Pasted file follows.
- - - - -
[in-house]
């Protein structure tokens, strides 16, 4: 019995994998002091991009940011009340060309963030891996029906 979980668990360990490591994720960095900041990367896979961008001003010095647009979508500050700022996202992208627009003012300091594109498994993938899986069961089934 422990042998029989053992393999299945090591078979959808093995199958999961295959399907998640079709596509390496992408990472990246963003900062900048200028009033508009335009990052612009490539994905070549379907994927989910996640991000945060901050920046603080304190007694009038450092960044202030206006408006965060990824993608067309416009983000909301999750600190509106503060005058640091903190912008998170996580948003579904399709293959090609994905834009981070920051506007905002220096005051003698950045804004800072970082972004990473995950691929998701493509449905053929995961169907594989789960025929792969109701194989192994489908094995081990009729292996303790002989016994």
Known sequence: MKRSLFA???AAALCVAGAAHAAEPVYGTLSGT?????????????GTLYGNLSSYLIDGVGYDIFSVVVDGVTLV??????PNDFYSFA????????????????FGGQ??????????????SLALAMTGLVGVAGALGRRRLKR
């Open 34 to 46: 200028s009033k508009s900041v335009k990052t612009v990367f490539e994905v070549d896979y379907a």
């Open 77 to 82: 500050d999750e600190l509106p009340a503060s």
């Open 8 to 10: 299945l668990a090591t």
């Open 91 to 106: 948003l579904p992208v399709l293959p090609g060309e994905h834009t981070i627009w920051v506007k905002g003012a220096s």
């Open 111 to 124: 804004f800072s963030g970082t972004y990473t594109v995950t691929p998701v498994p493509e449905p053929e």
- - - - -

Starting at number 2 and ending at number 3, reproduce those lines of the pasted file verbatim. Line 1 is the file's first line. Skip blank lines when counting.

């Protein structure tokens, strides 16, 4: 019995994998002091991009940011009340060309963030891996029906 979980668990360990490591994720960095900041990367896979961008001003010095647009979508500050700022996202992208627009003012300091594109498994993938899986069961089934 422990042998029989053992393999299945090591078979959808093995199958999961295959399907998640079709596509390496992408990472990246963003900062900048200028009033508009335009990052612009490539994905070549379907994927989910996640991000945060901050920046603080304190007694009038450092960044202030206006408006965060990824993608067309416009983000909301999750600190509106503060005058640091903190912008998170996580948003579904399709293959090609994905834009981070920051506007905002220096005051003698950045804004800072970082972004990473995950691929998701493509449905053929995961169907594989789960025929792969109701194989192994489908094995081990009729292996303790002989016994």
Known sequence: MKRSLFA???AAALCVAGAAHAAEPVYGTLSGT?????????????GTLYGNLSSYLIDGVGYDIFSVVVDGVTLV??????PNDFYSFA????????????????FGGQ??????????????SLALAMTGLVGVAGALGRRRLKR